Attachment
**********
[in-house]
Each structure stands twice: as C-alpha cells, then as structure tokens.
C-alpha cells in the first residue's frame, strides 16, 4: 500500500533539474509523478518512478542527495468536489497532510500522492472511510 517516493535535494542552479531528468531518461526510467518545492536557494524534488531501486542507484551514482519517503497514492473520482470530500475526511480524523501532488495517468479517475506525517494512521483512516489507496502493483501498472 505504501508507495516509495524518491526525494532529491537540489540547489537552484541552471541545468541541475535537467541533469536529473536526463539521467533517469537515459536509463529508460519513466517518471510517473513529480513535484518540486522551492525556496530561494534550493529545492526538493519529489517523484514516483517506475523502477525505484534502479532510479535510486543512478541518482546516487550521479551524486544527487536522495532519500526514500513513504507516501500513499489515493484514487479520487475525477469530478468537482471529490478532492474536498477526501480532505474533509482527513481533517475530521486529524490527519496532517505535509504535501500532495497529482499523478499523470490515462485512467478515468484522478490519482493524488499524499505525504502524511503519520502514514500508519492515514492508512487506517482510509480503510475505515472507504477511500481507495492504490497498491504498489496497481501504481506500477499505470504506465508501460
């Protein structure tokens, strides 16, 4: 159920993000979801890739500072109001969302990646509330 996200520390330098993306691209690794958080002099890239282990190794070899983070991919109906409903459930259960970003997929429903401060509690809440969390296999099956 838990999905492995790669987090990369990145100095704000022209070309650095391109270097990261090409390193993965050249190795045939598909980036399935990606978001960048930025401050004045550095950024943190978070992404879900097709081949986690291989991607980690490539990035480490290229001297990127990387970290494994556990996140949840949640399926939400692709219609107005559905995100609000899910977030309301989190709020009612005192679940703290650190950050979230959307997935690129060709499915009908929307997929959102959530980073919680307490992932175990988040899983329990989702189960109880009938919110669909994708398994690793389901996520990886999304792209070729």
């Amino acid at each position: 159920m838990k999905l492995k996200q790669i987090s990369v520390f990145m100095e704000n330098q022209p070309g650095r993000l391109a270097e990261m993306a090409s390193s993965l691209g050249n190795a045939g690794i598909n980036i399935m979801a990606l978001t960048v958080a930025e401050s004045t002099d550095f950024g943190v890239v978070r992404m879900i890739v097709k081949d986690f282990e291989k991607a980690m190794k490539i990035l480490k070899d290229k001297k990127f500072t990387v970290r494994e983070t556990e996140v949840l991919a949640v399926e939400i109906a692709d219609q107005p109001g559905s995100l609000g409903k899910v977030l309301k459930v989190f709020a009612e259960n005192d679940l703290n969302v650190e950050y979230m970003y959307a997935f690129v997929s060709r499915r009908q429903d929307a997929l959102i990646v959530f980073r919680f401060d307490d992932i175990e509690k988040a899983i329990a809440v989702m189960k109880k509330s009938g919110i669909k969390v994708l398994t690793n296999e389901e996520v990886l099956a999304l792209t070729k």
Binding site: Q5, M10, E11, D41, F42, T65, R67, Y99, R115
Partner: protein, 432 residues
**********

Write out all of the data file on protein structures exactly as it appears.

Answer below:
[in-house]
Each structure stands twice: as C-alpha cells, then as structure tokens.
C-alpha cells in the first residue's frame, strides 16, 4: 500500500533539474509523478518512478542527495468536489497532510500522492472511510 517516493535535494542552479531528468531518461526510467518545492536557494524534488531501486542507484551514482519517503497514492473520482470530500475526511480524523501532488495517468479517475506525517494512521483512516489507496502493483501498472 505504501508507495516509495524518491526525494532529491537540489540547489537552484541552471541545468541541475535537467541533469536529473536526463539521467533517469537515459536509463529508460519513466517518471510517473513529480513535484518540486522551492525556496530561494534550493529545492526538493519529489517523484514516483517506475523502477525505484534502479532510479535510486543512478541518482546516487550521479551524486544527487536522495532519500526514500513513504507516501500513499489515493484514487479520487475525477469530478468537482471529490478532492474536498477526501480532505474533509482527513481533517475530521486529524490527519496532517505535509504535501500532495497529482499523478499523470490515462485512467478515468484522478490519482493524488499524499505525504502524511503519520502514514500508519492515514492508512487506517482510509480503510475505515472507504477511500481507495492504490497498491504498489496497481501504481506500477499505470504506465508501460
């Protein structure tokens, strides 16, 4: 159920993000979801890739500072109001969302990646509330 996200520390330098993306691209690794958080002099890239282990190794070899983070991919109906409903459930259960970003997929429903401060509690809440969390296999099956 838990999905492995790669987090990369990145100095704000022209070309650095391109270097990261090409390193993965050249190795045939598909980036399935990606978001960048930025401050004045550095950024943190978070992404879900097709081949986690291989991607980690490539990035480490290229001297990127990387970290494994556990996140949840949640399926939400692709219609107005559905995100609000899910977030309301989190709020009612005192679940703290650190950050979230959307997935690129060709499915009908929307997929959102959530980073919680307490992932175990988040899983329990989702189960109880009938919110669909994708398994690793389901996520990886999304792209070729």
């Amino acid at each position: 159920m838990k999905l492995k996200q790669i987090s990369v520390f990145m100095e704000n330098q022209p070309g650095r993000l391109a270097e990261m993306a090409s390193s993965l691209g050249n190795a045939g690794i598909n980036i399935m979801a990606l978001t960048v958080a930025e401050s004045t002099d550095f950024g943190v890239v978070r992404m879900i890739v097709k081949d986690f282990e291989k991607a980690m190794k490539i990035l480490k070899d290229k001297k990127f500072t990387v970290r494994e983070t556990e996140v949840l991919a949640v399926e939400i109906a692709d219609q107005p109001g559905s995100l609000g409903k899910v977030l309301k459930v989190f709020a009612e259960n005192d679940l703290n969302v650190e950050y979230m970003y959307a997935f690129v997929s060709r499915r009908q429903d929307a997929l959102i990646v959530f980073r919680f401060d307490d992932i175990e509690k988040a899983i329990a809440v989702m189960k109880k509330s009938g919110i669909k969390v994708l398994t690793n296999e389901e996520v990886l099956a999304l792209t070729k």
Binding site: Q5, M10, E11, D41, F42, T65, R67, Y99, R115
Partner: protein, 432 residues